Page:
I don't know that I have anything particularly original to say on the worry that robots will soon replace humans in many more tasks, and what implications this has for wages, living conditions, income distribution, the introduction of the Matrix or Skynet, or anything else. So here I've just collected a few relevant pieces of information from about the inter-tubes that are useful in thinking about the issue.
Let's start with some data on "routine" jobs and what is happening to them. Cortes, Jaimovich, Nekarda, and Siu have a recent voxeu post (and associated paper) on the flows into routine versus non-routine work. In the 1980's, about 1/3 of American workers did "routine" work, now this number is only about 1/4. Routine work tended (and tends) to be middle-waged; it pays pretty well. What the authors find is that the decline in the share of people doing these middle-wage routine jobs is due to slower flows *in* to those jobs, but not due to faster flows *out*. That is, routine workers were not necessarily getting let go more rapidly, but companies were simply not hiring new routine workers.
Unsurprisingly, people with more education were better able to adapt to this. Higher education meant a higher likelihood of shifting into non-routine "cognitive" tasks, which also is a move up the wage scale (upper-middle wages, say). Perhaps more surprising is that women have been more likely, holding education constant, to move into these cognitive tasks. It is low education males who represent the group that is failing to get routine middle-wage jobs. To the extent that these lower-educated males get work, it tends to be in "brawn" jobs, low-wage manual work.
This last fact is somewhat odd in the context of the robot-overlord thesis. Robots/computers are really good at doing routine tasks, but so far have not replaced manual labor. If there was a group that should have a lot to worry about, I'd think it would be low-education males, who could well be replaced as robots become more robust to doing heavy manual labor. One thought I have is that this indicates that manual work (think landscaping) is not as low-skill as routine tasks like data entry. I think there is more cognitive processing that is going on in these jobs than we tend to give them credit for (where to dig, how deep, should I move this plant over a little, what if I hit a root?, does this shrub look right over here, etc.. ), and that their wages are low simply because the supply of people who can do those jobs is so large.
Brad DeLong took on the topic by considering Peter Thiel's comments in the Financial Times. Thiel is relatively optimistic about the arrival of robots - he uses the computer/human mix at Paypal to detect fraud as the example of how smarter machines or robots will benefit workers. Brad worries that Thiel is making a basic error. Yes, machines relieve us of drab, boring, repetitive work. But whether workers benefit from that (as opposed to the owners of the machines) depends not on the average productivity of that worker, but on the productivity of the marginal worker who is not employed. That is, if I can be replaced at Paypal by an unemployed worker who has no other options, then my own wage will be low, regardless of how productive I am. By replacing human workers in some jobs, robots/machines drive up the supply of humans in all the remaining jobs, which lowers wages.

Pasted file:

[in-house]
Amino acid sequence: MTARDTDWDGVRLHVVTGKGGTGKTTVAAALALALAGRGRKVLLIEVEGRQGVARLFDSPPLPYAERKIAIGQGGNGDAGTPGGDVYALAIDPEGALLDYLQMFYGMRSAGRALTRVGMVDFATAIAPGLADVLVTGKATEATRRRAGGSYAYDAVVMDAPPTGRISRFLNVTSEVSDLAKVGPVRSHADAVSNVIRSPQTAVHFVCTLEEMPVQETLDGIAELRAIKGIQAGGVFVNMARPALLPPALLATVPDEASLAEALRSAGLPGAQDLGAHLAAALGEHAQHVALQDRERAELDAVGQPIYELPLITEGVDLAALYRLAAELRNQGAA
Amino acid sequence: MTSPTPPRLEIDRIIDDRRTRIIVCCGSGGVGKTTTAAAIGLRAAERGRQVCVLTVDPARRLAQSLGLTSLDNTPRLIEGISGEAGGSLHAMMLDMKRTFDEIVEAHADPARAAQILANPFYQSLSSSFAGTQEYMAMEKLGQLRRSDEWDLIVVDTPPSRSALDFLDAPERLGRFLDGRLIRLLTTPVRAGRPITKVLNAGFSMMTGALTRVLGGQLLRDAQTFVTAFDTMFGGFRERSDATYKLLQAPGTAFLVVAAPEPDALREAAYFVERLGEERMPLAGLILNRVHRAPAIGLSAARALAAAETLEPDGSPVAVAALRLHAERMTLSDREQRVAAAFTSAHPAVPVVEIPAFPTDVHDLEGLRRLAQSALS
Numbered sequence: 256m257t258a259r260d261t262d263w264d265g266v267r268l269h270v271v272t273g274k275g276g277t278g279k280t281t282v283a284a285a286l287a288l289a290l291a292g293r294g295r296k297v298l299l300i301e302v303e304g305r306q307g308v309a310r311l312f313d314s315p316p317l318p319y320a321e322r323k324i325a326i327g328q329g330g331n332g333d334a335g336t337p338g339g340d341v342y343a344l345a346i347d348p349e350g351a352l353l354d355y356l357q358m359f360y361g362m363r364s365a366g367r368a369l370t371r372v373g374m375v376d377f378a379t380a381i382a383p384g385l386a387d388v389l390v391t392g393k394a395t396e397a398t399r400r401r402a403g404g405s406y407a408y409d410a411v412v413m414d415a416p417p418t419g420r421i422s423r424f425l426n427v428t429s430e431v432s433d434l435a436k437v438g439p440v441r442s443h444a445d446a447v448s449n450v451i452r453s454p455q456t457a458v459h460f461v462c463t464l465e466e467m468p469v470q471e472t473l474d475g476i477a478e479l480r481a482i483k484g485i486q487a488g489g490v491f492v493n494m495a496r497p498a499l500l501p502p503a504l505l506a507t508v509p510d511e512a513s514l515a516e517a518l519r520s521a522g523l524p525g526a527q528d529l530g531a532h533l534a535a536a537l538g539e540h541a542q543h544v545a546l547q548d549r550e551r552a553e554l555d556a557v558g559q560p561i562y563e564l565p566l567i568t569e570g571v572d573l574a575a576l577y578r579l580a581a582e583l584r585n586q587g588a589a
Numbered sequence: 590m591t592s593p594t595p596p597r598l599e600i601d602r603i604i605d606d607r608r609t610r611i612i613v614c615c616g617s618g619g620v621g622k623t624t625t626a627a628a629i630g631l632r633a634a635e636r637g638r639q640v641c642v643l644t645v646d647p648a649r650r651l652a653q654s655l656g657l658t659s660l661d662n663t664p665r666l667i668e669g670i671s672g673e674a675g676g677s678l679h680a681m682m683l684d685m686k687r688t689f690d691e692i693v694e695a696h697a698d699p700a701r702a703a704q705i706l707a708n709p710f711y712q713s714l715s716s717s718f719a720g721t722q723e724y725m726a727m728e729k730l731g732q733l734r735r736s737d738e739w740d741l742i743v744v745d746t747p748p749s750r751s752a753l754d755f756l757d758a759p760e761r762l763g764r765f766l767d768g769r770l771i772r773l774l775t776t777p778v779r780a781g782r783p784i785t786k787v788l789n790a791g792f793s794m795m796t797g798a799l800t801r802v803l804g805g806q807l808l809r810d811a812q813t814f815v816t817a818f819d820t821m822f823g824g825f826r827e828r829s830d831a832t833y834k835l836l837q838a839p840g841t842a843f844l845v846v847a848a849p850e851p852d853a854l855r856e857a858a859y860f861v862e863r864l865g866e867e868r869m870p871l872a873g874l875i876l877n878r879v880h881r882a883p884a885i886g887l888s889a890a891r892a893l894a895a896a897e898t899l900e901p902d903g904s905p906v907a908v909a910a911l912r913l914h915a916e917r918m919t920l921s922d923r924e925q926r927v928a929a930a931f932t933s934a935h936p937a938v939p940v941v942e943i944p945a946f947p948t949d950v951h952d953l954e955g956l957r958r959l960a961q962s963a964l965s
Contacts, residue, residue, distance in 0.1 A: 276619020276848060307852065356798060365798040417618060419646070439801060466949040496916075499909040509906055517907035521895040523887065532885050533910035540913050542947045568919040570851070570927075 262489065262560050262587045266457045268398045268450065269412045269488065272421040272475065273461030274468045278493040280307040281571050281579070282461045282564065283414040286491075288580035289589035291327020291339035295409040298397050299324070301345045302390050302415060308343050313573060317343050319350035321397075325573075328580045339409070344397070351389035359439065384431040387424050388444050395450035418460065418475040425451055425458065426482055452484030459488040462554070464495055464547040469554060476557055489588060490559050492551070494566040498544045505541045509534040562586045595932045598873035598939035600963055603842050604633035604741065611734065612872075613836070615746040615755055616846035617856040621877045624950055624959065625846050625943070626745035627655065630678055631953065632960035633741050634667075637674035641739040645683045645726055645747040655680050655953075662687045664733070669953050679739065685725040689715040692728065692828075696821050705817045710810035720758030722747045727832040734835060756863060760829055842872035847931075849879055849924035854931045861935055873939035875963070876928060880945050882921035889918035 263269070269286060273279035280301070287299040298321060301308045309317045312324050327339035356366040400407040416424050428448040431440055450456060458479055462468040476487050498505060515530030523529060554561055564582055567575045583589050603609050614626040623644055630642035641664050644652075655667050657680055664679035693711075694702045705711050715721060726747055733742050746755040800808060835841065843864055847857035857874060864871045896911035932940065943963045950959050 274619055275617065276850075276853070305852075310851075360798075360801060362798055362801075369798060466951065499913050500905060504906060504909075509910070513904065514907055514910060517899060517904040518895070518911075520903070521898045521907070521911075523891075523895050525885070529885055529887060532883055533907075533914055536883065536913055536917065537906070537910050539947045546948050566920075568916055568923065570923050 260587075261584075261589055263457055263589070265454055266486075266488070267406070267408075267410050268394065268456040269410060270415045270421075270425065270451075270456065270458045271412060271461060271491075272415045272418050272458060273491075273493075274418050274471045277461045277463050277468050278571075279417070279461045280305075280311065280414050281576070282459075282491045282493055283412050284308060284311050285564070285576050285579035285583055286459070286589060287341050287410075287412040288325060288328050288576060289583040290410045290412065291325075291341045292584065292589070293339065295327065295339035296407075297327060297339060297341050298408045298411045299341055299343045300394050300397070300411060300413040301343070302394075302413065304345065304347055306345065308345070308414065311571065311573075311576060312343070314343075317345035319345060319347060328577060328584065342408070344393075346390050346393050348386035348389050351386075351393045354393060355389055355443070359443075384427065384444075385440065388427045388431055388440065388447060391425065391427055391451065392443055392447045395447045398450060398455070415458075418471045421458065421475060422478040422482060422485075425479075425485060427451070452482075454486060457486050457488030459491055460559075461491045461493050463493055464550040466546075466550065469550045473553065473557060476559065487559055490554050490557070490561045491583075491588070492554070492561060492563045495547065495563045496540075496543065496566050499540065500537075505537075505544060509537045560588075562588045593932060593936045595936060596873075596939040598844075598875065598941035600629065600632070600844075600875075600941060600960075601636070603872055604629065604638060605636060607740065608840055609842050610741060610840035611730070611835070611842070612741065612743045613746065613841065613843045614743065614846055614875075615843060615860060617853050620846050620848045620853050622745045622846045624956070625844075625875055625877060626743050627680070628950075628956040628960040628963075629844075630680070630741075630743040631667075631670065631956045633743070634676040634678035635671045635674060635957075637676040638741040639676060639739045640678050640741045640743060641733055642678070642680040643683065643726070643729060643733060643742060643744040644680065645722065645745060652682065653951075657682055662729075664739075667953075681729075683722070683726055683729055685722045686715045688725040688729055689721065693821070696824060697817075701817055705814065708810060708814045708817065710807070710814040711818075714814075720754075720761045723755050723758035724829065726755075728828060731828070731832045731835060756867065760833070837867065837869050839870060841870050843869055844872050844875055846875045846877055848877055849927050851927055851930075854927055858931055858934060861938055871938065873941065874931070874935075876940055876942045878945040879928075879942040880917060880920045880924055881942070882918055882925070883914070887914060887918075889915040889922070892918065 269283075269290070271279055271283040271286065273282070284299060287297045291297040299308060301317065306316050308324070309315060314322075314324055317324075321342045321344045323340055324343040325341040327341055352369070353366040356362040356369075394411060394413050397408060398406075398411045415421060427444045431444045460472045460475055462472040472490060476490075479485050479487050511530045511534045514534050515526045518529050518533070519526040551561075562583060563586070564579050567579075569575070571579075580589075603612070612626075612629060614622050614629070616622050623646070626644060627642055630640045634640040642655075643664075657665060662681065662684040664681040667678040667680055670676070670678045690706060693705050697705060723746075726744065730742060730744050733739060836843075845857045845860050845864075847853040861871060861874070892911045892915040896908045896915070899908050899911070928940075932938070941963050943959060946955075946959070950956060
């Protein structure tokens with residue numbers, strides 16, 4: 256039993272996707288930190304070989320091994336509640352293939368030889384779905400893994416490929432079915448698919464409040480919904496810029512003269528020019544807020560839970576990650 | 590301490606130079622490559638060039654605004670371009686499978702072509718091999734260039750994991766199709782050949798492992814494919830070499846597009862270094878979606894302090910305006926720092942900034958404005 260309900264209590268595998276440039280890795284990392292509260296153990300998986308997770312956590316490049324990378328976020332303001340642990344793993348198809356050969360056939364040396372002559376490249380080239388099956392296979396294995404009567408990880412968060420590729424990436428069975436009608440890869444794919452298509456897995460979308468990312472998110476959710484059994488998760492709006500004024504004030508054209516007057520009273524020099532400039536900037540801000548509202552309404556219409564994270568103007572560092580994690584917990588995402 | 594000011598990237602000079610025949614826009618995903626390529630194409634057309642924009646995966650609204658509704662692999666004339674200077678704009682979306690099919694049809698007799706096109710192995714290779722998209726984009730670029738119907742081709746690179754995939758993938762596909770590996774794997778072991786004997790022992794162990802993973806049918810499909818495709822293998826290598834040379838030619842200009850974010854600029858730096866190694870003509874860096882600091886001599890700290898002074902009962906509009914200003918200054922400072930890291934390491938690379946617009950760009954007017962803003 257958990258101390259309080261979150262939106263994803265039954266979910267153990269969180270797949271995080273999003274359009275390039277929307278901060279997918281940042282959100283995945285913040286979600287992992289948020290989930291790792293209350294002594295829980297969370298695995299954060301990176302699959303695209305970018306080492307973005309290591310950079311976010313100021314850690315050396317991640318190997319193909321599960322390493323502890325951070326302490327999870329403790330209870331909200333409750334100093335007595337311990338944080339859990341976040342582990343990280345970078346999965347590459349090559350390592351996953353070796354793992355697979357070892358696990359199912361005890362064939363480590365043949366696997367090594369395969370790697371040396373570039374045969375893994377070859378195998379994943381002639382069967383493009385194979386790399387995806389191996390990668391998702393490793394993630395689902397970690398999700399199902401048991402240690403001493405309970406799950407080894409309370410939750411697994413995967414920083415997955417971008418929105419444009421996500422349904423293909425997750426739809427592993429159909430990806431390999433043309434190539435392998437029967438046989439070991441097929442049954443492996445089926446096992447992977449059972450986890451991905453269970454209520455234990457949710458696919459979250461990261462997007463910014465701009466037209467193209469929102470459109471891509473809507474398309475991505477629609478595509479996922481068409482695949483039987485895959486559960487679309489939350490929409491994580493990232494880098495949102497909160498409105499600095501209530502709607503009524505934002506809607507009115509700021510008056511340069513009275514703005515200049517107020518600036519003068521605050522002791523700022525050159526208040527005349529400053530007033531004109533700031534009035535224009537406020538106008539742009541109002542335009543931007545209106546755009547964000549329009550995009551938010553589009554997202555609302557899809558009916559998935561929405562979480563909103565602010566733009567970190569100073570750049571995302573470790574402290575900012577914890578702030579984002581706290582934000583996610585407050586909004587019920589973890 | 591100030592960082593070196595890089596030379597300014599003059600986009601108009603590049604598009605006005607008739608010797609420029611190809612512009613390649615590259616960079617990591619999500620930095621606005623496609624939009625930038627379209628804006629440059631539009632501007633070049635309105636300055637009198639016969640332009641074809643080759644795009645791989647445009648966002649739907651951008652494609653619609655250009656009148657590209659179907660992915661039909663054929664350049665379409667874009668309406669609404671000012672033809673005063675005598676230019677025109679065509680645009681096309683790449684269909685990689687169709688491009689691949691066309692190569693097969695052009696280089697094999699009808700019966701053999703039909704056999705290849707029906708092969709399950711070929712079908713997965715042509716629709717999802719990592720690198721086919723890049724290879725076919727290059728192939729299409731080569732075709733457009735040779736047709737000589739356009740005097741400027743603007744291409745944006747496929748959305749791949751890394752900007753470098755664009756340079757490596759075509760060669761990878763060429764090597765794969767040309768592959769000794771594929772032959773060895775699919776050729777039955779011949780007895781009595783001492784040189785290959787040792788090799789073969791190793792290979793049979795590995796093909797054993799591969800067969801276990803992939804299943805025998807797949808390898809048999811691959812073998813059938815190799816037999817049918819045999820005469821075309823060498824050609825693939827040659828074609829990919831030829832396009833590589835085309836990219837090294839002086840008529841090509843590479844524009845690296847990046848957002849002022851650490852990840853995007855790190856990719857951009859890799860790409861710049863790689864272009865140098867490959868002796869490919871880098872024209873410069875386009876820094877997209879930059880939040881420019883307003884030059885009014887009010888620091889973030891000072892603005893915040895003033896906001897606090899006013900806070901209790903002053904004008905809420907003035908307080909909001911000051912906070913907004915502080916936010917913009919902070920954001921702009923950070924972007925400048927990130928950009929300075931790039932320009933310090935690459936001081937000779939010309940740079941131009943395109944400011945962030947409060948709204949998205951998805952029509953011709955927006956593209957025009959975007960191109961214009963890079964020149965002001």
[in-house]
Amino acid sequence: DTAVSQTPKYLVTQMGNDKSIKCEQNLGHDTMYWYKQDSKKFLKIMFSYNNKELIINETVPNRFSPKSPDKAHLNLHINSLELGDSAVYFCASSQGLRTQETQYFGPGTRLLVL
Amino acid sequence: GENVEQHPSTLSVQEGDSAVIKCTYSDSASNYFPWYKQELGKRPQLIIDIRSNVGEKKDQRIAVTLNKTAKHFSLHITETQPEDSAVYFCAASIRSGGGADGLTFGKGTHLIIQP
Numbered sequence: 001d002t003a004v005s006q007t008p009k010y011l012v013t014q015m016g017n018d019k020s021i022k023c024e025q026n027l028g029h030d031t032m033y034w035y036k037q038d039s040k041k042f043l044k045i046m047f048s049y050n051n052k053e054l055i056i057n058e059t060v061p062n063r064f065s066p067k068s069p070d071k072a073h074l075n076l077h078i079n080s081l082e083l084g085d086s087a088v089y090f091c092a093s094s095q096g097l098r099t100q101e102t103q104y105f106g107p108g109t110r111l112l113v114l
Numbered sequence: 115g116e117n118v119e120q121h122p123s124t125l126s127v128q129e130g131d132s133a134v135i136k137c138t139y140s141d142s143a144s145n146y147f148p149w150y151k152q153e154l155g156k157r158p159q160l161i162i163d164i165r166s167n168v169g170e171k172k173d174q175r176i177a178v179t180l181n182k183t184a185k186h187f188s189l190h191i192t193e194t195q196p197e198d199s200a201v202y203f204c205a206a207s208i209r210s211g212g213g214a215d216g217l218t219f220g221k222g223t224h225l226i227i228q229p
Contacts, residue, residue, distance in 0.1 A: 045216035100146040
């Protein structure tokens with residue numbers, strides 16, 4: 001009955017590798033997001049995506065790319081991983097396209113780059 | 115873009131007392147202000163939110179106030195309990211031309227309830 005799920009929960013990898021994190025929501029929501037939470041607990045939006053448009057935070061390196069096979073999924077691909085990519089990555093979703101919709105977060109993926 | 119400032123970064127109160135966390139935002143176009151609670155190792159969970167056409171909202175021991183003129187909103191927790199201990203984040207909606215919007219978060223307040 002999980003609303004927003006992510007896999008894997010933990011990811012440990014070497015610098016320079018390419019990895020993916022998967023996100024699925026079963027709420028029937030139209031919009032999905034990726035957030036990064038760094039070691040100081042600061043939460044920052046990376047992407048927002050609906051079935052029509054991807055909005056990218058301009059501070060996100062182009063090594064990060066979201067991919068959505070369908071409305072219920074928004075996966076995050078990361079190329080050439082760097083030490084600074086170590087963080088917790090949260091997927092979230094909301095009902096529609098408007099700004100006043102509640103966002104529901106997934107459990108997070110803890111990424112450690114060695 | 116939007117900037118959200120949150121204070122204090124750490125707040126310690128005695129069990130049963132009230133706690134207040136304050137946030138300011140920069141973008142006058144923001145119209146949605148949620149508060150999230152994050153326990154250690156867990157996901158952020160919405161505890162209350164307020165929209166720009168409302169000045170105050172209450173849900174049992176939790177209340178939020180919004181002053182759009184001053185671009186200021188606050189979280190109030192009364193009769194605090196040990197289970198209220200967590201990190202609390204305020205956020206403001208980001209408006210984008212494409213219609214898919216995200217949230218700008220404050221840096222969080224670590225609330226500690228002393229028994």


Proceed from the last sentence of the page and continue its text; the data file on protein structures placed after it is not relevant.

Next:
To keep wages high for workers, we will need to increase demand for human-specific skills. What are those? Brad likes to list 6 different types of tasks, and leaves humans with persuasion, motivation, and innovation as things that will be left for humans to do. Is there sufficient demand for those skills to keep wages elevated? I don't know.
David Autor has a recent working paper that is relatively optimistic about robots/machines. He thinks there is more complementarity between machines and humans than we think, so it echoes Thiel's optimism. Much of Autor's optimism stems from what he calls "Polyani's Paradox", which is essentially that we are incapable of explaining in full what we know. And if we cannot fully explain exactly what we know how to do (whether that is identifying a face in a crowd, or making scrambled eggs, writing an economics paper, or building a piece of furniture) then we cannot possibly program a machine to do it either. The big limit of machines, for Autor, is that they have no tacit knowledge. Everything must be precisely specified for them to work. There is no "feel" to their actions, so to speak. As long as there are tasks like that, robots cannot replace us, and it will require humans - in conjunction with machines, maybe - to actually do lots of work. Construction workers are his example.
But I am a little wary of that example. Yes, construction workers today work with a massive array of sophisticated machines, and they serve as the guidance systems for those machines, and without construction workers nothing would get done. But that's a statement about average product, not marginal product. The wage of those workers could still fall because better machines could make *anyone* capable of working at a construction site, and the marginal product of any given worker is very low. Further, adding better or more construction machines can reduce the number of construction workers necessary, which again only floods the market with more workers, lowering the marginal product.
Autor gets interviewed in this video from Ryan Avent at the Economist. It's a fairly good introduction to the ideas involved with robots replacing workers.